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Disney Plus Star Wars changes: every difference compared to the Original Trilogy

(Image credit: Disney)

In a galaxy far, far away... you know how the rest goes. Except, maybe you don’t. Thanks to a host of small (and mostly insignificant) Disney Plus Star Wars changes, there is plenty new about the original Star Wars trilogy – A New Hope, The Empire Strikes Back, and Return of the Jedi. We’re about to round all the Disney Plus Star Wars changes up, including that Greedo scene, a whole new intro before the opening title crawl, and even a very different look for each movie.

Every major Disney Plus Star Wars change

The Han and Greedo scene

This is the big one: did Han shoot first? The original release had Han kill Greedo before the alien got a chance to shoot his shot, as it were. It was the ultimate introduction for a swaggering mercenary who preferred to have his blaster do the talking. That was changed to Greedo shooting Han in a 1997 Special Edition re-release, which has been kept in releases ever since.

In the new 4K version of A New Hope available on Disney Plus, his showdown with Greedo in the cantina has been altered slightly. As you can see from the comparison video below, Greedo still shoots first but Han’s shot comes even sooner after the original attempt to kill him.

McClunkey

Another Greedo change. This time, just before firing off a shot, he says something that sounds like “Maclunkey.”

So, what gives? Disney told The Verge it was a change “made by George [Lucas] made prior to the Disney acquisition.”

So, it appears to be a new edit from George Lucas that has only now seen the light of day on a wider scale. The lack of subtitles for the line – as Greedo speaks Huttese in the scene – only makes it stand out more, but it’s ultimately only a minor change.

The Fox fanfare

The iconic 20th Century Fox fanfare, which preceded original showings of the Star Wars trilogy, has been restored for its Disney Plus re-release. The Fox logo and trumpets were removed when Disney bought LucasFilm.

Thankfully, this one isn’t anywhere near as controversial as the Greedo changes – and might even get some nostalgia points from the older crowd. Fun fact: George Lucas made sure the opening Star Wars crawl music was in the same key as the Fox fanfare so that the two would seamlessly blend into each other. On some of the first pressings of the Star Wars soundtrack on vinyl, the Fox opening was the first track.

A new intro

There’s even a new intro – and one you might already be familiar with if you’ve already watched The Mandalorian premiere.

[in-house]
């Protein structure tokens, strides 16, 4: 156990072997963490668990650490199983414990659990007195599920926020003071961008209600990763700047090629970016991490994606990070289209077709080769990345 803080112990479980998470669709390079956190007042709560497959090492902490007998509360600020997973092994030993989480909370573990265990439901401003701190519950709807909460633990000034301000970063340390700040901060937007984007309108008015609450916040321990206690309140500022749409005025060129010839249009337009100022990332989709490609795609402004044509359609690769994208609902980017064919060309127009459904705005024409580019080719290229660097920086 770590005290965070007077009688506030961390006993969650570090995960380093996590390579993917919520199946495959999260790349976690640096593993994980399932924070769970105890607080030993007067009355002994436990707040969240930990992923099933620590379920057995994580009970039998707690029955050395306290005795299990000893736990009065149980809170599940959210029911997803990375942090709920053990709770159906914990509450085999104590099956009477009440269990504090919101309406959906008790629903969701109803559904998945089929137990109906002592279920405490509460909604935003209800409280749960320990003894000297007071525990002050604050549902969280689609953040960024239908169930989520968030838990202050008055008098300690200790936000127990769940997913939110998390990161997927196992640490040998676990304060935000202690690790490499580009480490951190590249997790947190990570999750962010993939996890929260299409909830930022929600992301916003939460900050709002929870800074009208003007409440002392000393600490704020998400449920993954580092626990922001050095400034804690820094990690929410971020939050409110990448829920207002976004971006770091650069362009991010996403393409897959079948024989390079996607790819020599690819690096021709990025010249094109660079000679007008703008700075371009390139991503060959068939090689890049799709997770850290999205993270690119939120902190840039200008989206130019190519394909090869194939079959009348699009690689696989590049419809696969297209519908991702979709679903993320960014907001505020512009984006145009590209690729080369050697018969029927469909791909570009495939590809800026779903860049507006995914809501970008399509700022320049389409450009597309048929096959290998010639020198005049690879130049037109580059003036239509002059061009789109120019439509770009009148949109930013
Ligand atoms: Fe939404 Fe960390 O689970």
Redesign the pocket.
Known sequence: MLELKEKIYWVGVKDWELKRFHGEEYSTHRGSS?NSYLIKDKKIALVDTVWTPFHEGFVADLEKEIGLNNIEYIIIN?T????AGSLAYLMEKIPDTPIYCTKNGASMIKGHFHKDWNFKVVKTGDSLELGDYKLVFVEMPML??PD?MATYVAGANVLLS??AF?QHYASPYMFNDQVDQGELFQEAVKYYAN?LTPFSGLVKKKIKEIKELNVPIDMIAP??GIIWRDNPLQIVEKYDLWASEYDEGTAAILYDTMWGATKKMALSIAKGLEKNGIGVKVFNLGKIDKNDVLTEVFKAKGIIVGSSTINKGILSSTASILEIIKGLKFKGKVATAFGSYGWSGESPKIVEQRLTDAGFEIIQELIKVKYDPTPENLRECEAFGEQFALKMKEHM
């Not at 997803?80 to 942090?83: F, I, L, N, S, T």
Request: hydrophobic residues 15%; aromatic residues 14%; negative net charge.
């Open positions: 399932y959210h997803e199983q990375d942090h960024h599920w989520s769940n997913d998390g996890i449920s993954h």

It’s added as a tag on all Star Wars shows and movies on Disney Plus and lasts just 20 seconds. The new intro features red and blue flashing lights, with iconic characters such as Darth Vader, C-3PO, R2-D2, and even The Mandalorian flashing up on-screen. It even comes bundled with a snazzy new Lucasfilm logo.

4K scans

This is low-key the most important change to the original trilogy. The new 4K versions found on Disney Plus are seemingly new scans, which make slight corrections to contrast, picture quality, and colour throughout each movie. Check below for an example – and get prepared to see Star Wars in a whole new light. Again.

Other re-release changes are still intact

The 2004 DVD re-release (and prior 1997 Special Edition) added several changes that are still widely derided by fans. Hayden Christensen replacing Sebastian Shaw as Darth Vader’s Force Ghost, Darth Vader’s meme-worthy “Noooo!” in, and a CGI Jabba inserted in A New Hope were among the most controversial decisions made by George Lucas.

Unfortunately for some, all of those tweaks are still intact in the Disney Plus versions. If you don’t know any better, it’s not a huge deal. If you’re curious as to just how much was changed, however, the Wikipedia page for re-release changes is a good a resource as any when it comes to covering everything.

While you’re here, why not check out the best movies on Disney Plus. You can sign up to Disney Plus here, complete with a seven-day trial.

GamesRadar+'s Entertainment Writer. Lover of all things Nintendo, in a tortured love/hate relationship with Crystal Palace, and also possesses an unhealthy knowledge of The Simpsons (which is of no use at parties).